Banter with the delivery guy

google-delivery

Search results delivered to your door. That’s not creepy.

I have nothing to say right now. For example, take this post. WordPress told me it’s been in the Drafts folder since October 14, 2009. You can interpret that as an omen that decidedly does not portend well:

Warning: Excellent content ahead.

Why else would I work on it for such a long time? Obviously I refused to be rushed.

The thought crosses my mind, though, that with nothing to say, I probably wouldn’t be a good candidate to be a delivery driver. Think about it. Can you imagine spending your days going into small business offices and engaging in the same inane banter over and over again? The same boring chitter chatter? Day after day? Unimaginable. Unless you have a job. That’s pretty much also the definition of “work.”

“What? A package? Who’s it from?”

Oh, no. Here we go again. If I had that job I’d probably quit by lunchtime.

At my last job the people I worked with were extremely rude. The delivery guy would come in the office and stand there with his little package (not a euphemism) and loiter around hoping against hope he’d be noticed and get the required signature so he could make his escape. They’d just ignore him because the fate of the civilized world was hanging in the balance as they pretended to concentrate on their meaningless “work.” Yeah, right.

As the computer programer along the back wall it fell to me, obviously, to try to establish a protocol so the poor guy could be dealt with and continue on with his day. I said, “Why not let me sign for all incoming packages? I’m attentive to the fact that other humans exist on this planet.”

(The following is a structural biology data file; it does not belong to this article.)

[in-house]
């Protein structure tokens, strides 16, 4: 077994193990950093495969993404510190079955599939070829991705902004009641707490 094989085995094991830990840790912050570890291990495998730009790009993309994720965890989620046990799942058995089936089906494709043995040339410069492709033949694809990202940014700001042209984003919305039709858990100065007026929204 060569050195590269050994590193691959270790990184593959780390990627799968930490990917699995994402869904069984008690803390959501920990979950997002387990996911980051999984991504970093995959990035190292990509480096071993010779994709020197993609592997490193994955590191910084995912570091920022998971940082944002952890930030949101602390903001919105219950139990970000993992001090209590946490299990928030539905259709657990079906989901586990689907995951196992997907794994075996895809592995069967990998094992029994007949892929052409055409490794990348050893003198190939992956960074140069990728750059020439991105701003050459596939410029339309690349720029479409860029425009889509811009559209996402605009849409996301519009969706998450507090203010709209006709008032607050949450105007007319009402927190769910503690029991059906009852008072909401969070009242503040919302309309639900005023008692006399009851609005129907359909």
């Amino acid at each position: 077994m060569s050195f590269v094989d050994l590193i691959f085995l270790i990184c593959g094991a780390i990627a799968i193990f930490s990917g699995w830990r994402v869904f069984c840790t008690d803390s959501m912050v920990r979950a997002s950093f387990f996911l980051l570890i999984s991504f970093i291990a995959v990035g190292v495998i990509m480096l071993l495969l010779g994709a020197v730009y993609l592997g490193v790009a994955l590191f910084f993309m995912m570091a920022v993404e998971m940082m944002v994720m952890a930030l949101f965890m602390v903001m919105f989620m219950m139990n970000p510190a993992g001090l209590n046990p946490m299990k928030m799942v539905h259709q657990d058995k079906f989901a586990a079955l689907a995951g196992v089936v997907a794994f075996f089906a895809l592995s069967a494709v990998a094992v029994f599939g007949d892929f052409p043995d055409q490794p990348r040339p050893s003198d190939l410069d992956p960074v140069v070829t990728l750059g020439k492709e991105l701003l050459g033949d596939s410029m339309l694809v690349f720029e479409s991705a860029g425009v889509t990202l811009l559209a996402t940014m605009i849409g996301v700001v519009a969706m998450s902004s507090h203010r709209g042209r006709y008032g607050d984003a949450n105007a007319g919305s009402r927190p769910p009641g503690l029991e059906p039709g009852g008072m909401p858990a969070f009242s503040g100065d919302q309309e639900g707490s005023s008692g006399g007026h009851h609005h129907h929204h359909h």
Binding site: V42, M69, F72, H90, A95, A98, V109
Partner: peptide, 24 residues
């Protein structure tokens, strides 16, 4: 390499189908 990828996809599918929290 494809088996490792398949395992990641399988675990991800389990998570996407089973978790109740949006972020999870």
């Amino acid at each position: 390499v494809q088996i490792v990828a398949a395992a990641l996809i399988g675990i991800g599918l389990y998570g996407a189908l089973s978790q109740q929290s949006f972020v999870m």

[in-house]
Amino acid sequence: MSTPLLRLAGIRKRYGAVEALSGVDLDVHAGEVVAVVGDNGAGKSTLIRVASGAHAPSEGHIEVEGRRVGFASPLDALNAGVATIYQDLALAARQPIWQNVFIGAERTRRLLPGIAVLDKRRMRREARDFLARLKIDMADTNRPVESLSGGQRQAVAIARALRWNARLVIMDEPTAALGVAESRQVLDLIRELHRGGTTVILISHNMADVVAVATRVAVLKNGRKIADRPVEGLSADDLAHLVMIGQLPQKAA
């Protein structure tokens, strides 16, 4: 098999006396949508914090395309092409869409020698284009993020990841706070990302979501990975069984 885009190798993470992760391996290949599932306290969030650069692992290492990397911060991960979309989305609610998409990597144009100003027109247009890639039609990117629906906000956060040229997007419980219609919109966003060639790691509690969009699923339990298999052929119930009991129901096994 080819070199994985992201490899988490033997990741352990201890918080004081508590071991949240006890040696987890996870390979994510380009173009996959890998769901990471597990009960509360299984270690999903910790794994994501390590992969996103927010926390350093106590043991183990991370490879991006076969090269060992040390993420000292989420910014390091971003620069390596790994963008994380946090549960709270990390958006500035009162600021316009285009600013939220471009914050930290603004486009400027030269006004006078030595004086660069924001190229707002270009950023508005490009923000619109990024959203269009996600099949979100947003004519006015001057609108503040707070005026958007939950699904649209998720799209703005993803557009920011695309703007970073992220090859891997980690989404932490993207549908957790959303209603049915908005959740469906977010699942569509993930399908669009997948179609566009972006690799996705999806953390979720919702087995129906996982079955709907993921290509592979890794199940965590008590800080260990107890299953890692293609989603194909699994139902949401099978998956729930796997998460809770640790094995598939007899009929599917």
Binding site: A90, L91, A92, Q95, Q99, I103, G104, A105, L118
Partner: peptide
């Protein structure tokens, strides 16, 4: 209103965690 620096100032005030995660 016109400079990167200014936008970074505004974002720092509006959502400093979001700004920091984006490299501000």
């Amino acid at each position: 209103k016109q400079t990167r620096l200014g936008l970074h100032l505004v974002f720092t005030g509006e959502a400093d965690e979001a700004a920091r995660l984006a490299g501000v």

“Grumble, grumble. Naw, we don’t think that’s a good idea. Meh, who knows? What? Was that your juice in the fridge? I drank it. Whatever floats your boat. No bonuses.”

Thus, the new protocol was that when the delivery guy walked in the door, I’d get up and head in his direction. That’s when the boss and cow orker would suddenly become hyper-aware, leap from their seats and rudely cut me off. Note: This procedure only worked if I got up. If I remained sitting they would, too. It all felt very deliberate and spiteful.

“What is this?” the idiots would ask.

The delivery guy was so cool. “I dunno. Maybe someone sent you a package?” They were too much of the dumb to get the insult. I’d share a secret, knowing wink with the delivery guy. He had a little twinkle in his eye that his subtle dig had floated high above their heads.

Then they’d say something really interesting to the guy as he still patiently stood around waiting for a signature, “Ah, these must be the widgets we ordered.”

“Who gives a shit?” the delivery guy would silently emote. I’d be in the corner, watching it all, and trying to capture the evil of the moment in a carefully-worded tweet.

Sometimes, out of the blue, the cow orkers would notice the existence of the delivery guy and engage him in rapid, frothy conversation. It was all based on their mood, of course. Not his. Suddenly they were the most wordy bastards in the universe. It was fun reading his body language and watching him slowly inch backwards to the door.

Yes, you are not worthy of a signature when you need one. But you are suitable for basking in our wordy magnificence. Bask, we say!